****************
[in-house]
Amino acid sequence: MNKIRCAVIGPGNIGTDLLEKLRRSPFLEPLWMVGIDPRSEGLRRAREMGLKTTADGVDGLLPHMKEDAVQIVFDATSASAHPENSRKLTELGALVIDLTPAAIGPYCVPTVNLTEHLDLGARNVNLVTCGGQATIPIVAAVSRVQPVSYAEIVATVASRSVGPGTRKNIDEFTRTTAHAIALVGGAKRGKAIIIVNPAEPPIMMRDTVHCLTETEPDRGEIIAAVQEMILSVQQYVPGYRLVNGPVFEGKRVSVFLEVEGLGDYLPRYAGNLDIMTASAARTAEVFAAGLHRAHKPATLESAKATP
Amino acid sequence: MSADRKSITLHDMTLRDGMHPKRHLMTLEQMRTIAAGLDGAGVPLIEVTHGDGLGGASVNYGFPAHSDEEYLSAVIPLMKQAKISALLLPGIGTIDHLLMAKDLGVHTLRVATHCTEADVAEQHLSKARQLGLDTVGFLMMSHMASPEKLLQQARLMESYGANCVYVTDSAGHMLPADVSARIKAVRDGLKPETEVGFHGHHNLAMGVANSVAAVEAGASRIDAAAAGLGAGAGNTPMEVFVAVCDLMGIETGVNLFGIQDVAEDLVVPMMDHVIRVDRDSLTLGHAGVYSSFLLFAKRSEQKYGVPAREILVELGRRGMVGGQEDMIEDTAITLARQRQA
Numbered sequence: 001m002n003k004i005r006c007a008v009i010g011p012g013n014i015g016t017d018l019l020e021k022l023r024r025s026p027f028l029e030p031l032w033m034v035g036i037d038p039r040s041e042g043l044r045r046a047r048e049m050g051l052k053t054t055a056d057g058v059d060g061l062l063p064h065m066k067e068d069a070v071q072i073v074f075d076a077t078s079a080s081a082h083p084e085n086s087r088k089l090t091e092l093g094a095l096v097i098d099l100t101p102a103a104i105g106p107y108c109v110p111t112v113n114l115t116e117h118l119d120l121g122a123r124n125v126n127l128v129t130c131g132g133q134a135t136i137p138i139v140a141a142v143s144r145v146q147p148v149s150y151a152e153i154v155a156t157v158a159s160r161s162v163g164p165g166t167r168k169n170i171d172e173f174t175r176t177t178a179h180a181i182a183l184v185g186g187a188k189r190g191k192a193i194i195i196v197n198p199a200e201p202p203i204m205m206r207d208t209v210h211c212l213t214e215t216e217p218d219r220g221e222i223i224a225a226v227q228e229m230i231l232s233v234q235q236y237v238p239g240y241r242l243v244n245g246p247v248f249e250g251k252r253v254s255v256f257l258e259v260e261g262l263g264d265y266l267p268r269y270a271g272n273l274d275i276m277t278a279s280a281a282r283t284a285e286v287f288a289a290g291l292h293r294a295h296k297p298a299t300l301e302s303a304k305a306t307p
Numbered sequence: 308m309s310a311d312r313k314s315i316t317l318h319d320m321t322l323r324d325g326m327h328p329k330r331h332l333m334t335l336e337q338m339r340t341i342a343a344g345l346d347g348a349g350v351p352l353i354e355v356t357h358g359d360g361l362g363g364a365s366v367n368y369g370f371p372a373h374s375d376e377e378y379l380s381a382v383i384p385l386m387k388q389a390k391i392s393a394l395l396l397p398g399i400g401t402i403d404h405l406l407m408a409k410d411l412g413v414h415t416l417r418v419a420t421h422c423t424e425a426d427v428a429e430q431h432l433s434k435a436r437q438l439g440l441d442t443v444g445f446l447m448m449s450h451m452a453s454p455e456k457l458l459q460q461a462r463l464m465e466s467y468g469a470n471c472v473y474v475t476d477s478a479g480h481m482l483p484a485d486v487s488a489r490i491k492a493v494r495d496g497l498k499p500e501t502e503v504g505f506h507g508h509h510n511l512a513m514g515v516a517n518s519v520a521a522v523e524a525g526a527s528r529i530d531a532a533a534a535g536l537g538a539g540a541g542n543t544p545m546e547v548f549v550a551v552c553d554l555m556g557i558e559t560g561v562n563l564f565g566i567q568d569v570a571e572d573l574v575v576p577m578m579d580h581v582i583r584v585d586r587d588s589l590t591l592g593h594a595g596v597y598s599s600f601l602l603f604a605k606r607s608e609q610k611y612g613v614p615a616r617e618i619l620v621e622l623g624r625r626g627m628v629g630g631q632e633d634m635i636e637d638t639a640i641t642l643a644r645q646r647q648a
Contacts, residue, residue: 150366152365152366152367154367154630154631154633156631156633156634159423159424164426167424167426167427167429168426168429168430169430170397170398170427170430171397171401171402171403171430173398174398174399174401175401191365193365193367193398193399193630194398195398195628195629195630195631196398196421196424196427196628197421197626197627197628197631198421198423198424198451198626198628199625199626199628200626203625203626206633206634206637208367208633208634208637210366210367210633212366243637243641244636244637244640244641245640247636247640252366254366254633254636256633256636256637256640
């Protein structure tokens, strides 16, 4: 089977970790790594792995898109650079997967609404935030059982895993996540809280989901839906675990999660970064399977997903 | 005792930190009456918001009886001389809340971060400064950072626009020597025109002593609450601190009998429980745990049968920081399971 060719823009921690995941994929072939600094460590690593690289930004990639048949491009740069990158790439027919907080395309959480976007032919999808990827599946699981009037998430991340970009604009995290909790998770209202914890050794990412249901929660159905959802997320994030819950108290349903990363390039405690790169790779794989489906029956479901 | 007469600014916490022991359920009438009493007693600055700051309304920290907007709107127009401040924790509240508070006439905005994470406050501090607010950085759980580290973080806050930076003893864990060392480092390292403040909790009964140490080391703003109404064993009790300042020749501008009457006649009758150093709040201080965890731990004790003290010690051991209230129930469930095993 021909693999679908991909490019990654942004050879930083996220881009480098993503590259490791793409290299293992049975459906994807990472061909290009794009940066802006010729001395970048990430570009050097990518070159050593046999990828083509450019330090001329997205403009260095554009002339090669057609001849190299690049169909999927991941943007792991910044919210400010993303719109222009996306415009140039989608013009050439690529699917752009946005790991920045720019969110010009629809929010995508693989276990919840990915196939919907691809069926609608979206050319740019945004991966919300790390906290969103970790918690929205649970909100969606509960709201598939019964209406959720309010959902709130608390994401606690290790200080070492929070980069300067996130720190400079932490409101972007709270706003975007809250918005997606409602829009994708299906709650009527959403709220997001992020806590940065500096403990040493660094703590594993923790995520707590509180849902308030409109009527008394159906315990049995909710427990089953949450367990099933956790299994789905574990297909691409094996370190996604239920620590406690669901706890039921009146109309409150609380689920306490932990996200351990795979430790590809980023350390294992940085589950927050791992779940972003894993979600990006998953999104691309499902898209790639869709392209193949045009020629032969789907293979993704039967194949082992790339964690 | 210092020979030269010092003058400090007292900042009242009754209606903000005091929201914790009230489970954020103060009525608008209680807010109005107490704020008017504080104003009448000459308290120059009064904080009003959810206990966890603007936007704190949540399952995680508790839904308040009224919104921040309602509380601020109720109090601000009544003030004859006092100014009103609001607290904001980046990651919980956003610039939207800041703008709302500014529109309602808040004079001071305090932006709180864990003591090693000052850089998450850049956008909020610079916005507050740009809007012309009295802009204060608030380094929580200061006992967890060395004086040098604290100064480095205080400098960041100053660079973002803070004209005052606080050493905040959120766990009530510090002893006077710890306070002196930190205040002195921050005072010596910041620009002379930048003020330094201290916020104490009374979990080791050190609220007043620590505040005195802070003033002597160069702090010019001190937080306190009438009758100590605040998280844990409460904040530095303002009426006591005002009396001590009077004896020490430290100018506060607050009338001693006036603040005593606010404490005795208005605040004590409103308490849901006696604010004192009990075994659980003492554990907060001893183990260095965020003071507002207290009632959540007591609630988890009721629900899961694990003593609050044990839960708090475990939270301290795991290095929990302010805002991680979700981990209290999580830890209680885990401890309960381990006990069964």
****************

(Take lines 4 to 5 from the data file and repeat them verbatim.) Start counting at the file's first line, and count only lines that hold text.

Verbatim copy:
Numbered sequence: 001m002n003k004i005r006c007a008v009i010g011p012g013n014i015g016t017d018l019l020e021k022l023r024r025s026p027f028l029e030p031l032w033m034v035g036i037d038p039r040s041e042g043l044r045r046a047r048e049m050g051l052k053t054t055a056d057g058v059d060g061l062l063p064h065m066k067e068d069a070v071q072i073v074f075d076a077t078s079a080s081a082h083p084e085n086s087r088k089l090t091e092l093g094a095l096v097i098d099l100t101p102a103a104i105g106p107y108c109v110p111t112v113n114l115t116e117h118l119d120l121g122a123r124n125v126n127l128v129t130c131g132g133q134a135t136i137p138i139v140a141a142v143s144r145v146q147p148v149s150y151a152e153i154v155a156t157v158a159s160r161s162v163g164p165g166t167r168k169n170i171d172e173f174t175r176t177t178a179h180a181i182a183l184v185g186g187a188k189r190g191k192a193i194i195i196v197n198p199a200e201p202p203i204m205m206r207d208t209v210h211c212l213t214e215t216e217p218d219r220g221e222i223i224a225a226v227q228e229m230i231l232s233v234q235q236y237v238p239g240y241r242l243v244n245g246p247v248f249e250g251k252r253v254s255v256f257l258e259v260e261g262l263g264d265y266l267p268r269y270a271g272n273l274d275i276m277t278a279s280a281a282r283t284a285e286v287f288a289a290g291l292h293r294a295h296k297p298a299t300l301e302s303a304k305a306t307p
Numbered sequence: 308m309s310a311d312r313k314s315i316t317l318h319d320m321t322l323r324d325g326m327h328p329k330r331h332l333m334t335l336e337q338m339r340t341i342a343a344g345l346d347g348a349g350v351p352l353i354e355v356t357h358g359d360g361l362g363g364a365s366v367n368y369g370f371p372a373h374s375d376e377e378y379l380s381a382v383i384p385l386m387k388q389a390k391i392s393a394l395l396l397p398g399i400g401t402i403d404h405l406l407m408a409k410d411l412g413v414h415t416l417r418v419a420t421h422c423t424e425a426d427v428a429e430q431h432l433s434k435a436r437q438l439g440l441d442t443v444g445f446l447m448m449s450h451m452a453s454p455e456k457l458l459q460q461a462r463l464m465e466s467y468g469a470n471c472v473y474v475t476d477s478a479g480h481m482l483p484a485d486v487s488a489r490i491k492a493v494r495d496g497l498k499p500e501t502e503v504g505f506h507g508h509h510n511l512a513m514g515v516a517n518s519v520a521a522v523e524a525g526a527s528r529i530d531a532a533a534a535g536l537g538a539g540a541g542n543t544p545m546e547v548f549v550a551v552c553d554l555m556g557i558e559t560g561v562n563l564f565g566i567q568d569v570a571e572d573l574v575v576p577m578m579d580h581v582i583r584v585d586r587d588s589l590t591l592g593h594a595g596v597y598s599s600f601l602l603f604a605k606r607s608e609q610k611y612g613v614p615a616r617e618i619l620v621e622l623g624r625r626g627m628v629g630g631q632e633d634m635i636e637d638t639a640i641t642l643a644r645q646r647q648a